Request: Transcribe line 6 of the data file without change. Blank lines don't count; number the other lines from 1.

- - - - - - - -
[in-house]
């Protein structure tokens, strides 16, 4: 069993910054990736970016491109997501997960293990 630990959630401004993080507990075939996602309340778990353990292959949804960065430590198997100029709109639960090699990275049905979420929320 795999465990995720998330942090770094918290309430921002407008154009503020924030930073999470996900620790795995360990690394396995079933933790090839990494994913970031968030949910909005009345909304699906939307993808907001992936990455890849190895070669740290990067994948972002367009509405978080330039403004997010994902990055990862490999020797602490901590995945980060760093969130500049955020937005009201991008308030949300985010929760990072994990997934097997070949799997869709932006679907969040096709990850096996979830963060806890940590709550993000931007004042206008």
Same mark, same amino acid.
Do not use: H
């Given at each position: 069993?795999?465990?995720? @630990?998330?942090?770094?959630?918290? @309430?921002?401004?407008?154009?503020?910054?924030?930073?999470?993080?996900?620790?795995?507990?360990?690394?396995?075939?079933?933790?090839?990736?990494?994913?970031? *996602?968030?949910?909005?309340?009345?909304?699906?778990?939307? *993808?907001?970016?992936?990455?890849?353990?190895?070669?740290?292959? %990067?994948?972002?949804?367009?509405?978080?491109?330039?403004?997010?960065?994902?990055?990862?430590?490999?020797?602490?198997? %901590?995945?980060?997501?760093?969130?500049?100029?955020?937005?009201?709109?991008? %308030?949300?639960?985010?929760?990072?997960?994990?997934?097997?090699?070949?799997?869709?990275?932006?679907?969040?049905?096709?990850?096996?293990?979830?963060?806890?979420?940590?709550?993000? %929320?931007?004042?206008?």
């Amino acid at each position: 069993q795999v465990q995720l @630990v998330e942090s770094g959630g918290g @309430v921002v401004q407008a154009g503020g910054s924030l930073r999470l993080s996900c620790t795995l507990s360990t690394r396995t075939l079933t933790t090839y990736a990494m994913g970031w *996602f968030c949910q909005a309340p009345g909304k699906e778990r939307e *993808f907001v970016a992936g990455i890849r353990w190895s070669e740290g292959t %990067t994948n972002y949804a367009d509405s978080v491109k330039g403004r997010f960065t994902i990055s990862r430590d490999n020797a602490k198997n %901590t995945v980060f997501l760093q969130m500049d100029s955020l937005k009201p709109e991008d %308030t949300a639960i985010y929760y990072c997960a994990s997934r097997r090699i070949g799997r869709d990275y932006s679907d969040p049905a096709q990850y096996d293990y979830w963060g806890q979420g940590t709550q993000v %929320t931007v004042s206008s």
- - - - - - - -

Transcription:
């Amino acid at each position: 069993q795999v465990q995720l @630990v998330e942090s770094g959630g918290g @309430v921002v401004q407008a154009g503020g910054s924030l930073r999470l993080s996900c620790t795995l507990s360990t690394r396995t075939l079933t933790t090839y990736a990494m994913g970031w *996602f968030c949910q909005a309340p009345g909304k699906e778990r939307e *993808f907001v970016a992936g990455i890849r353990w190895s070669e740290g292959t %990067t994948n972002y949804a367009d509405s978080v491109k330039g403004r997010f960065t994902i990055s990862r430590d490999n020797a602490k198997n %901590t995945v980060f997501l760093q969130m500049d100029s955020l937005k009201p709109e991008d %308030t949300a639960i985010y929760y990072c997960a994990s997934r097997r090699i070949g799997r869709d990275y932006s679907d969040p049905a096709q990850y096996d293990y979830w963060g806890q979420g940590t709550q993000v %929320t931007v004042s206008s």